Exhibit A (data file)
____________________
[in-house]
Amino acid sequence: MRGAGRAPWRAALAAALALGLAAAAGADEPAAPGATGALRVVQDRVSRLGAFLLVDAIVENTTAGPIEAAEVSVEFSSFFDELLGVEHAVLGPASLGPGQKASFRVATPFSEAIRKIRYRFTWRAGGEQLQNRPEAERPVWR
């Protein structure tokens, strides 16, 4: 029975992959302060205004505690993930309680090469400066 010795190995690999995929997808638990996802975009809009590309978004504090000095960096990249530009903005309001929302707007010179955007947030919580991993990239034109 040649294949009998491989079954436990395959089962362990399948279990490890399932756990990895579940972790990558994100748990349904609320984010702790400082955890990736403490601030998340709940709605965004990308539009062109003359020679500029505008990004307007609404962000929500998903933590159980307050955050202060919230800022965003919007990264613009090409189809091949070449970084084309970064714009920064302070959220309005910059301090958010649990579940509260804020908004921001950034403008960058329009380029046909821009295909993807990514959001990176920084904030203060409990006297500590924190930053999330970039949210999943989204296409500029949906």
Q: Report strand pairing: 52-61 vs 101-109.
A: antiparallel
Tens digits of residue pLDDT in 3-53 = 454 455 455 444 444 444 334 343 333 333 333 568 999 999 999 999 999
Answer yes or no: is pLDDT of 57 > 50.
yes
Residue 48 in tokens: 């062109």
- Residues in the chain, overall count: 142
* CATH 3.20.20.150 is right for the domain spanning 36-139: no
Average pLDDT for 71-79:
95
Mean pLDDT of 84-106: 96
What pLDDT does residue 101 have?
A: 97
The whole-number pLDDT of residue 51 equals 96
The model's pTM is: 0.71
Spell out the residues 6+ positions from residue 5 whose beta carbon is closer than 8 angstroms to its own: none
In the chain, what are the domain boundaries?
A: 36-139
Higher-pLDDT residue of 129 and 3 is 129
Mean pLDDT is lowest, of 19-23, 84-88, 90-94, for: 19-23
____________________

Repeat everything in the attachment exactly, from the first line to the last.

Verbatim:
[in-house]
Amino acid sequence: MRGAGRAPWRAALAAALALGLAAAAGADEPAAPGATGALRVVQDRVSRLGAFLLVDAIVENTTAGPIEAAEVSVEFSSFFDELLGVEHAVLGPASLGPGQKASFRVATPFSEAIRKIRYRFTWRAGGEQLQNRPEAERPVWR
């Protein structure tokens, strides 16, 4: 029975992959302060205004505690993930309680090469400066 010795190995690999995929997808638990996802975009809009590309978004504090000095960096990249530009903005309001929302707007010179955007947030919580991993990239034109 040649294949009998491989079954436990395959089962362990399948279990490890399932756990990895579940972790990558994100748990349904609320984010702790400082955890990736403490601030998340709940709605965004990308539009062109003359020679500029505008990004307007609404962000929500998903933590159980307050955050202060919230800022965003919007990264613009090409189809091949070449970084084309970064714009920064302070959220309005910059301090958010649990579940509260804020908004921001950034403008960058329009380029046909821009295909993807990514959001990176920084904030203060409990006297500590924190930053999330970039949210999943989204296409500029949906």
Q: Report strand pairing: 52-61 vs 101-109.
A: antiparallel
Tens digits of residue pLDDT in 3-53 = 454 455 455 444 444 444 334 343 333 333 333 568 999 999 999 999 999
Answer yes or no: is pLDDT of 57 > 50.
yes
Residue 48 in tokens: 């062109």
- Residues in the chain, overall count: 142
* CATH 3.20.20.150 is right for the domain spanning 36-139: no
Average pLDDT for 71-79:
95
Mean pLDDT of 84-106: 96
What pLDDT does residue 101 have?
A: 97
The whole-number pLDDT of residue 51 equals 96
The model's pTM is: 0.71
Spell out the residues 6+ positions from residue 5 whose beta carbon is closer than 8 angstroms to its own: none
In the chain, what are the domain boundaries?
A: 36-139
Higher-pLDDT residue of 129 and 3 is 129
Mean pLDDT is lowest, of 19-23, 84-88, 90-94, for: 19-23